Int J Chronic Dis 2018 2;2018:2458232. Epub 2018 May 2.
College of Health Sciences, School of Nursing and Public Health, University of Dodoma, Dodoma, Tanzania.
Background: Awareness about cervical cancer is a first step in the process of screening and early treatment. The purpose of this study was to provide better understanding of basic knowledge about cervical cancer among women of reproductive age in Tanzania.
Method: Data were analyzed from the 2011-2012 Tanzania HIV and Malaria Indicators Survey (THMIS) and a sample of 5542 sexually active women from 15 to 49 years of age were included in the analysis.
Results: Overall knowledge about cervical cancer was high among interviewed women. Only 30.9% of women had never heard about cervical cancer. The predictors of awareness were having secondary or more level of education (AOR = 3.257, 95% CI 2.328-4.557, < 0.001), residing in urban (AOR = 1.365, 95% CI 1.093-1.705, < 0.01), being affluent (AOR = 2.685, 95% CI 2.009-3.587, < 0.001), having one to four children (AOR = 1.36, 95% CI 1.032-1.793), and age of 30-34 years (AOR = 3.15, 95% CI 2.353-4.220, < 0.001), 35-39 years (AOR = 2.46, 95% CI 1.831-3.308, < 0.001), and 40-44 years (AOR = 3.46, 95% CI 2.497-4.784, < 0.001).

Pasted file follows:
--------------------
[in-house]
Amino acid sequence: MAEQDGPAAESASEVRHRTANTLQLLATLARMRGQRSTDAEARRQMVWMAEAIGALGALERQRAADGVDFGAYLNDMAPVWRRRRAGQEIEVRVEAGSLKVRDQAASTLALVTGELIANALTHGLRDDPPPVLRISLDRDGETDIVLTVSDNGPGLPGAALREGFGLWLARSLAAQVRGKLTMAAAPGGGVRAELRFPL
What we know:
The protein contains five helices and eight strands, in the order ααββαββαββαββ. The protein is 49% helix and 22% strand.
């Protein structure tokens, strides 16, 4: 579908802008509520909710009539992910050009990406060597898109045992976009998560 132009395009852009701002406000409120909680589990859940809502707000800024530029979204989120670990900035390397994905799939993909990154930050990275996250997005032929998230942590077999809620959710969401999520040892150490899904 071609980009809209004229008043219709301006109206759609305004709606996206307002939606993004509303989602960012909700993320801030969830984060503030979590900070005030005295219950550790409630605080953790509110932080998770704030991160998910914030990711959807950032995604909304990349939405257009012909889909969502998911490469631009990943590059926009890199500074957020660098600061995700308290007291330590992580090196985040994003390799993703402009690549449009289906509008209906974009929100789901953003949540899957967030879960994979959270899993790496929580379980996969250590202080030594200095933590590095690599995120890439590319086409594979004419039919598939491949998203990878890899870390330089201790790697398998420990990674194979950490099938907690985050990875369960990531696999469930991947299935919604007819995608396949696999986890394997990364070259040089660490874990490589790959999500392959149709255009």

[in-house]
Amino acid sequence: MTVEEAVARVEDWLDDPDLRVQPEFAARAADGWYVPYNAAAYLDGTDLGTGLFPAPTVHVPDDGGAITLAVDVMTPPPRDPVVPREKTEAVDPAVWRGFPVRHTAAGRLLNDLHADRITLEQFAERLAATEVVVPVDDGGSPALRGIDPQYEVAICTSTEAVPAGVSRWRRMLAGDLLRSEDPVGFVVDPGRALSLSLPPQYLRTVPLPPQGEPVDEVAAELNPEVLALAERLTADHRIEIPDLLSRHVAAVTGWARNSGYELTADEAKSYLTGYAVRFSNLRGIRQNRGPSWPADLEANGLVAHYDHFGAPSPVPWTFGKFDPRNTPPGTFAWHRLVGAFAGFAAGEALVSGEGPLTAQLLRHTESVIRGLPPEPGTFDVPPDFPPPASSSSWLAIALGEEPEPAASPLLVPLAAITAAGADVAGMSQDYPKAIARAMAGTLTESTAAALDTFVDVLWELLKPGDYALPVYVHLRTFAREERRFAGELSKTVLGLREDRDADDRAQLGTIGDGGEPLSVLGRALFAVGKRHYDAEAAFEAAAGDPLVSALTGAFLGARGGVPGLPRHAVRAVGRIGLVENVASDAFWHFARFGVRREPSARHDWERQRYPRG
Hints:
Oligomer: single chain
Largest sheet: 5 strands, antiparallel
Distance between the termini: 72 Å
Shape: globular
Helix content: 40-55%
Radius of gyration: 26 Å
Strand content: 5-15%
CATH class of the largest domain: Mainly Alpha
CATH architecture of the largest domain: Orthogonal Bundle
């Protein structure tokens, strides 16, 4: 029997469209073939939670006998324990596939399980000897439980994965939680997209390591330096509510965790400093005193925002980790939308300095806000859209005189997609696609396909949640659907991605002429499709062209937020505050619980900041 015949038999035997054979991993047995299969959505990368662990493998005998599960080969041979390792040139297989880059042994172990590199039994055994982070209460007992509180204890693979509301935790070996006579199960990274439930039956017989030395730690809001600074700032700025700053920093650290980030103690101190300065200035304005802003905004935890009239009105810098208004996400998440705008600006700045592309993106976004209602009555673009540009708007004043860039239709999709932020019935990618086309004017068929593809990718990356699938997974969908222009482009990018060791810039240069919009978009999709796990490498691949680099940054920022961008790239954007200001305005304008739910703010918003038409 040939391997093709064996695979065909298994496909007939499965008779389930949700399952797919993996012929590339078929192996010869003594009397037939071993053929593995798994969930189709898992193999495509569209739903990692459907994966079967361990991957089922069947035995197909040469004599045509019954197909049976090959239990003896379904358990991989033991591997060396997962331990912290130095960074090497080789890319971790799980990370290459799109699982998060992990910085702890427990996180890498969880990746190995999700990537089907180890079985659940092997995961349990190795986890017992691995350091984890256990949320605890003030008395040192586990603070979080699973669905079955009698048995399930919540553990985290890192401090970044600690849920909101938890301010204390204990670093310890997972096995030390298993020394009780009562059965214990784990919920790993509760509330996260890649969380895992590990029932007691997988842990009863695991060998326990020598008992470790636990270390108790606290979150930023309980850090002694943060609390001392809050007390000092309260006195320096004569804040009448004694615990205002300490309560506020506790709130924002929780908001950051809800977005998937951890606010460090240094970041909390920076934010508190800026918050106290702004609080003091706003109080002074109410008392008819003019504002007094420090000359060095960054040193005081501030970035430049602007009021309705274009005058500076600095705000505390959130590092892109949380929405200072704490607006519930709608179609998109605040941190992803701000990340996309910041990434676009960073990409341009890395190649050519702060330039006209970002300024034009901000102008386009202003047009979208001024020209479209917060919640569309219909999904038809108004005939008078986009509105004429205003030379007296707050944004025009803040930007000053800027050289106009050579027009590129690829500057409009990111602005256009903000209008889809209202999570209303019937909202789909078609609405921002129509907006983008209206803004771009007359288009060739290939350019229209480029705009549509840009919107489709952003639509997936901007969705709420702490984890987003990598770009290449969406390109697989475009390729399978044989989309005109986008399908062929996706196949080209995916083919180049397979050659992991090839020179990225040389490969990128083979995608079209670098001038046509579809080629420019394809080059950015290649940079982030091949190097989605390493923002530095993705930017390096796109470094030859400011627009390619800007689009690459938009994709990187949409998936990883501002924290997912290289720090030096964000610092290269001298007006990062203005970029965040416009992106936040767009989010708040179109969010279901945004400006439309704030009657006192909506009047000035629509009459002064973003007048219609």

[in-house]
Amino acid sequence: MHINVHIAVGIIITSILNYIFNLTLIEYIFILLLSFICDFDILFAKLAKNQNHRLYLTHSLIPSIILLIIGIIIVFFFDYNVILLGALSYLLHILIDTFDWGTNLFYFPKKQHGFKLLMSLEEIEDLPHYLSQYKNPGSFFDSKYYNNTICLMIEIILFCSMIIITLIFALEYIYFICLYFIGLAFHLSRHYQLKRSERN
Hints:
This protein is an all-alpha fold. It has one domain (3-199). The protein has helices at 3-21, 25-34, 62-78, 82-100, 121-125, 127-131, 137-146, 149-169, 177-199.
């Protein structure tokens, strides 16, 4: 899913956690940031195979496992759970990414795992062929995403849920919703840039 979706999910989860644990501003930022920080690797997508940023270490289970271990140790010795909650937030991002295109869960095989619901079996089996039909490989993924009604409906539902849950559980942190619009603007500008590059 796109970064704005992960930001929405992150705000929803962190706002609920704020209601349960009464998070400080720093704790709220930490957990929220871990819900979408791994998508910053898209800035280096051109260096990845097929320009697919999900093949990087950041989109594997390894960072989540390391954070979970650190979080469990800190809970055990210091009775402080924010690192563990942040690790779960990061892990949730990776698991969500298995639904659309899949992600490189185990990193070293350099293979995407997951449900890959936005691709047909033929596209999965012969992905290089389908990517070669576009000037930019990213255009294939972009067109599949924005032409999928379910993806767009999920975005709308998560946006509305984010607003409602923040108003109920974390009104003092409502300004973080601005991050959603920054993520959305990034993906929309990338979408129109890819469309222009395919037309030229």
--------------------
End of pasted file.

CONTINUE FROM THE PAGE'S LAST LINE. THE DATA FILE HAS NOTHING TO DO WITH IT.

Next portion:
Conclusion: While the cervical cancer landscape in Tanzania has evolved since this survey, coverage has not yet been achieved and access to cervical cancer prevention services for rural women and girls remains a concern. Women who were least likely to be aware of cervical cancer were rural women, less affluent women, those with limited education, and those with limited access to the formal economy. Arguably, these are the women who are most at risk for cervical cancer. To close this gap, Tanzania's ongoing efforts to increase access to high-quality cervical cancer prevention services for all women at risk are commendable.
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